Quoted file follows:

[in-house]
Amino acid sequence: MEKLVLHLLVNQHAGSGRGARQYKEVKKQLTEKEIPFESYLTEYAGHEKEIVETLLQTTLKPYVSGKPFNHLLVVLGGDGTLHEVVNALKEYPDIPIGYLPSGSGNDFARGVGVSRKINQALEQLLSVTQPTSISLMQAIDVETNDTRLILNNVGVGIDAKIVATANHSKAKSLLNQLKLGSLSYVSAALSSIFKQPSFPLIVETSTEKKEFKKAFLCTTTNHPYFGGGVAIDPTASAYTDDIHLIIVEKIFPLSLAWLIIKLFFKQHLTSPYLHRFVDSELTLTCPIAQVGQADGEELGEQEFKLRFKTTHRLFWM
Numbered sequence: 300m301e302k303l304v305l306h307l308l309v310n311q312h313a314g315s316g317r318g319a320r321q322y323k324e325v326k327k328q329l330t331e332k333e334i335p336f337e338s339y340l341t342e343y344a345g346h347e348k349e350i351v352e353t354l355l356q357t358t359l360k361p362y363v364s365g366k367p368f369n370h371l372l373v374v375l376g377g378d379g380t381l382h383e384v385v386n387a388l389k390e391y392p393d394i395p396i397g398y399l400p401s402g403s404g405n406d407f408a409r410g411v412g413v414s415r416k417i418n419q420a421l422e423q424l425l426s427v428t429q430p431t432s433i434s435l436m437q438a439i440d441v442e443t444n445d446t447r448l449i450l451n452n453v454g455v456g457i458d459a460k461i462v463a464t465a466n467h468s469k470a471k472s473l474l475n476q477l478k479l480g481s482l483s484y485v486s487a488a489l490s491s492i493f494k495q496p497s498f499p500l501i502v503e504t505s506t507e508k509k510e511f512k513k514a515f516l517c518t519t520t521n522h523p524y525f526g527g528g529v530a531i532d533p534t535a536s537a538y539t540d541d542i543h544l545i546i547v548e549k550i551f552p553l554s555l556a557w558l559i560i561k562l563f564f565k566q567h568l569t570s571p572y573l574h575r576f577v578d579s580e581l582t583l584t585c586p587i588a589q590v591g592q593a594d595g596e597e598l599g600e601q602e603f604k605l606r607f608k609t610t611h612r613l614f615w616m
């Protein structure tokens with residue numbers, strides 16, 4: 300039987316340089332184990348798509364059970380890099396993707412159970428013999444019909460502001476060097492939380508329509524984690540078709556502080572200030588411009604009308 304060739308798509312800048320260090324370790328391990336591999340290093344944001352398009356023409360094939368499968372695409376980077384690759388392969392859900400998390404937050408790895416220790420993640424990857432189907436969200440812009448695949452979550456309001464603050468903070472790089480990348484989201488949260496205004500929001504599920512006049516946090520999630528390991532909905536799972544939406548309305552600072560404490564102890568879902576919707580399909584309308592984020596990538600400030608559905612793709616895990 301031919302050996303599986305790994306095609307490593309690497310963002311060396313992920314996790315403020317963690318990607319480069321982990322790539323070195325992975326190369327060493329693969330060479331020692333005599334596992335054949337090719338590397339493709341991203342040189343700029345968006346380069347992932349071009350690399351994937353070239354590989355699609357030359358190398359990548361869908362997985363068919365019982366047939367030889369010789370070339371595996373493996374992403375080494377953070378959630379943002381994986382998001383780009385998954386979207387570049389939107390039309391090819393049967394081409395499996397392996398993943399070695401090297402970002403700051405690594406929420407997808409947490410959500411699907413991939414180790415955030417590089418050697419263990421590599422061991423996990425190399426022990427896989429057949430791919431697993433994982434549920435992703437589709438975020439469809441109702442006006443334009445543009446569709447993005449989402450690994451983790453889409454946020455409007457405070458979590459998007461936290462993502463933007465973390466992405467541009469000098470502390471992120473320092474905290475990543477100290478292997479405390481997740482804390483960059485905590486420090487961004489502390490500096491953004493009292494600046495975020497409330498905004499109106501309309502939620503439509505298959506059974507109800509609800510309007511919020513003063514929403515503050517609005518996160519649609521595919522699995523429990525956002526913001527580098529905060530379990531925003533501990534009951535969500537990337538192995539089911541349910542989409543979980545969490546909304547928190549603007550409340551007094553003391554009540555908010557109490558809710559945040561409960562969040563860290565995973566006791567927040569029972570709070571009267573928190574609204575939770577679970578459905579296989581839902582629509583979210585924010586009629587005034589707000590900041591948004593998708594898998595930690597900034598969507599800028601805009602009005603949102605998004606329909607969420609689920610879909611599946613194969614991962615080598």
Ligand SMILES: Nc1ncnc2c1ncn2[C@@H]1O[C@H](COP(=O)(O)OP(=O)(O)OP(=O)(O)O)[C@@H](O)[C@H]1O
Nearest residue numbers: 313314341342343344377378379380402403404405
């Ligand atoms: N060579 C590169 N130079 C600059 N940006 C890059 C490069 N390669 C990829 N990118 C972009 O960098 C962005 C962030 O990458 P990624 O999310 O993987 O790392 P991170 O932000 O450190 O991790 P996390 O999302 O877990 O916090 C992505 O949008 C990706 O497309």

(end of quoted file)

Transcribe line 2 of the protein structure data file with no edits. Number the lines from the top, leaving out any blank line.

Amino acid sequence: MEKLVLHLLVNQHAGSGRGARQYKEVKKQLTEKEIPFESYLTEYAGHEKEIVETLLQTTLKPYVSGKPFNHLLVVLGGDGTLHEVVNALKEYPDIPIGYLPSGSGNDFARGVGVSRKINQALEQLLSVTQPTSISLMQAIDVETNDTRLILNNVGVGIDAKIVATANHSKAKSLLNQLKLGSLSYVSAALSSIFKQPSFPLIVETSTEKKEFKKAFLCTTTNHPYFGGGVAIDPTASAYTDDIHLIIVEKIFPLSLAWLIIKLFFKQHLTSPYLHRFVDSELTLTCPIAQVGQADGEELGEQEFKLRFKTTHRLFWM